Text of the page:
Nigerian ingenuity. ATV built by Ahmed, 15 year old boy in Lagos, Nigeria.
The Chairman of the Nigerian Governors Forum, Dr. Bukola Saraki, criticized mobile operators while speaking with journalists about the increasing incidence of kidnapping. He accused the operators of becoming accomplices in the menace of kidnap, stating “kidnapping had become a purely technology-driven crime“.
The first ever Nigerian ICT barcamp held last weekend in Lagos, and from what I’ve been reading, it was a success.
One the innate problems I think most Nigerians have — based on my experience and observations since 2005 — is the lack of cohesion and reluctance to pursue common purpose goals. These limitations, plus the over-aching lack of focus of the top national policy makers — as Oro blog points out, have resulted in a Nigerian ICT sector that has repeatedly failed to live up to expectation, particularly in comparison to other African countries like Rwanda, Kenya, and South Africa.
It is uplifting to read about the BarCamp Nigeria; my hope is that the event will translate into a series of ripples that invigorate the entire nation, both private and public sectors.
As the most populous African nation with a burgeoning base of Internet users, (Nigeria is currently second to Egypt at 10 million internet users), nature and geography have bestowed on Nigeria the ability to take huge strides; it is an absurdity that Nigeria lacks a national agenda on ICT.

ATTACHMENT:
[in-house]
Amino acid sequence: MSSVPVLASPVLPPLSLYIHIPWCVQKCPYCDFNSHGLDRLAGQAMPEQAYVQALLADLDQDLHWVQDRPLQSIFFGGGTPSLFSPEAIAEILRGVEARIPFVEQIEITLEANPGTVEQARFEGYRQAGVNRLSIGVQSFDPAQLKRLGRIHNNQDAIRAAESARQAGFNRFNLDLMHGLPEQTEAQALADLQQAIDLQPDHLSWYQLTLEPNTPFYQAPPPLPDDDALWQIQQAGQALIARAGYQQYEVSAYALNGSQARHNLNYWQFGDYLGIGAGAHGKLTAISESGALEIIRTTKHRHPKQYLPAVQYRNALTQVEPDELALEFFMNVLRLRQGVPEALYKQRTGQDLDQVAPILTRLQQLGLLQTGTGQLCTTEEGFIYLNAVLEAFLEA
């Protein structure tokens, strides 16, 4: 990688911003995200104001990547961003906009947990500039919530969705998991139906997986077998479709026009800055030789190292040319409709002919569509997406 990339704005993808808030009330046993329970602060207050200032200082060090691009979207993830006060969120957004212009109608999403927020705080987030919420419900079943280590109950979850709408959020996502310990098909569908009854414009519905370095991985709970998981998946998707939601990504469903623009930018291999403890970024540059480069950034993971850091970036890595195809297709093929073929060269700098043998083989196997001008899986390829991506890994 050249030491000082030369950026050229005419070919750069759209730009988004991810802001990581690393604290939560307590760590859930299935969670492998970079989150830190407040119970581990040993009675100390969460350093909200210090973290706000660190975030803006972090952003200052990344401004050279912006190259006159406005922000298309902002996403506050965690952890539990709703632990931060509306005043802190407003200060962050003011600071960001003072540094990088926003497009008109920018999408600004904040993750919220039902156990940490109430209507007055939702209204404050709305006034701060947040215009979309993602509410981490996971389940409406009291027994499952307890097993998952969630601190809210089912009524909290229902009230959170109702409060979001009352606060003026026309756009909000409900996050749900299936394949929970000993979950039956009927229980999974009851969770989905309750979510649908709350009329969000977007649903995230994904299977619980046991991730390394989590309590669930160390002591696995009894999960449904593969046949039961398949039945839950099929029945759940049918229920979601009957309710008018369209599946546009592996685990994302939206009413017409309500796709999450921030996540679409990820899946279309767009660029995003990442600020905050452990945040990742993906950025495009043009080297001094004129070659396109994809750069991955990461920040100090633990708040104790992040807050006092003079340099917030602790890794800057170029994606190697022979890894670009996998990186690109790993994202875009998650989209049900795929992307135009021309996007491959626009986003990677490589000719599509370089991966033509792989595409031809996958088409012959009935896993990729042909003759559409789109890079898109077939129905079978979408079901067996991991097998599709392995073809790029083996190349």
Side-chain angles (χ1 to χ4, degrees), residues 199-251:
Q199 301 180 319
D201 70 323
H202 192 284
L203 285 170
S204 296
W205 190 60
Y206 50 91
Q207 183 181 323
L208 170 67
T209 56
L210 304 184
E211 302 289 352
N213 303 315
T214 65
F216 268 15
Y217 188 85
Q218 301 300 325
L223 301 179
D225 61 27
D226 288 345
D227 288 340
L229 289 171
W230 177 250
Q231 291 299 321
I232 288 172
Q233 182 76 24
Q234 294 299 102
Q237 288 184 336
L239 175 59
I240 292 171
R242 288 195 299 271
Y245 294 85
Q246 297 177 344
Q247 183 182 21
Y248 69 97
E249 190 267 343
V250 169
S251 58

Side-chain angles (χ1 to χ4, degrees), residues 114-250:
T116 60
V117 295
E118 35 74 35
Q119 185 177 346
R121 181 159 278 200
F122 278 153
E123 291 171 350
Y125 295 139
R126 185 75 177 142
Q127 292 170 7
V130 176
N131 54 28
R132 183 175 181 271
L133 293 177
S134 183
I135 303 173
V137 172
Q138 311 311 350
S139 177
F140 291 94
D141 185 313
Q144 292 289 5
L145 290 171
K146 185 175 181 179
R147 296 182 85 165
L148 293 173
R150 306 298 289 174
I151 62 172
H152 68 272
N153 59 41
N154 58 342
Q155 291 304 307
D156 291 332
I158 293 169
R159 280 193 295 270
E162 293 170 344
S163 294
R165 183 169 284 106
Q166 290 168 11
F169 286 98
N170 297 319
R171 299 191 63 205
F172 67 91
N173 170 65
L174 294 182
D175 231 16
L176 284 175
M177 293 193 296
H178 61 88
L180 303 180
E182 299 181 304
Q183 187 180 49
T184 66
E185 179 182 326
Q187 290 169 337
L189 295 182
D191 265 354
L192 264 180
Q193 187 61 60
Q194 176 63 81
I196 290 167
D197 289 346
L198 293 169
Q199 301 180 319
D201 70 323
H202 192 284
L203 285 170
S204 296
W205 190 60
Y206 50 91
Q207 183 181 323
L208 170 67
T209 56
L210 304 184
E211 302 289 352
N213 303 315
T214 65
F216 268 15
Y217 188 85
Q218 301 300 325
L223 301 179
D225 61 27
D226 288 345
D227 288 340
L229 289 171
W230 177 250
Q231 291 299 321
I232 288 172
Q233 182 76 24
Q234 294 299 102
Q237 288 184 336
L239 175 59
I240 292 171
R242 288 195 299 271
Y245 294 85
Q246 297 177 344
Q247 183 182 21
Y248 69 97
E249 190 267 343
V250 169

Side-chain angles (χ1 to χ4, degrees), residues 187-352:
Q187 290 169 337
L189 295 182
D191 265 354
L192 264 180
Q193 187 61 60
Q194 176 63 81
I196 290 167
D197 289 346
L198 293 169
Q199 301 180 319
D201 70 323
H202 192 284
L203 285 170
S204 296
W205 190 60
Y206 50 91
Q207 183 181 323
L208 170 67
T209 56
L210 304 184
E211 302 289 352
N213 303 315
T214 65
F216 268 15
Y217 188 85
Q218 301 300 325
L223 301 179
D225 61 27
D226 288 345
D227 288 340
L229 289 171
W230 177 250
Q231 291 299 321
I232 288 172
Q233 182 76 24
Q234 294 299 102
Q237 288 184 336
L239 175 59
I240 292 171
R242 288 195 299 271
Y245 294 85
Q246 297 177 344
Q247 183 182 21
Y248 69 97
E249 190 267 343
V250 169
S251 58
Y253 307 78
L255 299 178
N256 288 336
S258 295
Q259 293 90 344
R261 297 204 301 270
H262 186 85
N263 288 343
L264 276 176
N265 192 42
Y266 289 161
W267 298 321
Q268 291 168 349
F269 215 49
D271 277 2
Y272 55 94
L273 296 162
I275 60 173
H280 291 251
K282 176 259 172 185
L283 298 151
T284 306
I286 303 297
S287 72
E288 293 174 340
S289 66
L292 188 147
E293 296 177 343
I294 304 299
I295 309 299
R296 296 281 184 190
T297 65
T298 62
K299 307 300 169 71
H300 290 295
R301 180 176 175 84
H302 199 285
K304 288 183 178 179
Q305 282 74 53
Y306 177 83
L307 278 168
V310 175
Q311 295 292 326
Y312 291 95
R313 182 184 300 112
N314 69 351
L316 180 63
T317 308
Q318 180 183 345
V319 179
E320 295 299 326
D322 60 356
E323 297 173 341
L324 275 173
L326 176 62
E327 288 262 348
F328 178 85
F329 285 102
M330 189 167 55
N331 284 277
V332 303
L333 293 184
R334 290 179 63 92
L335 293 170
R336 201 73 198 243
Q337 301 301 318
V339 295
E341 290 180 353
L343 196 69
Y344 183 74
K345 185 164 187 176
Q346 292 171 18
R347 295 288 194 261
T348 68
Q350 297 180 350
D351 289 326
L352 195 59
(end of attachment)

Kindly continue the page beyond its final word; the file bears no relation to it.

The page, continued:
One area I think Nigeria stands to gain the most is the use of web and related technologies in effecting/augmenting/facilitating changes at the social, economic and political levels of endeavor. The emphasis should not be ‘clone-hatching’ of existing works, but a creation of value-adding applications, deplorable at the enterprise level.
A great example of a value-adding venture is the Taiwo Ayedun/Fola Adeola-led Credit Registry, Nigeria’s pioneer private credit bureau. Credit Registry is unique in its use of biometrics to address identity fraud and the country’s lack of national ID numbering system. See Grandiose Parlor profile of CreditRegistry.
In closing, it will nice if the organizers of the event would release and post a communique of the event and future ideas and plans.
In its Vision 2020 plan, the Government of Rwanda aims to transform the country from a largely agriculture-based economy to a knowledge and information based economy, in an effort to reach middle income status by 2020. The Government has emphasized its intention to use investment in ICT as the key driver for this transition and as a vehicle for improving the delivery of public and private services, particularly in the rural areas.
Source: Africanloft Media / World Bank.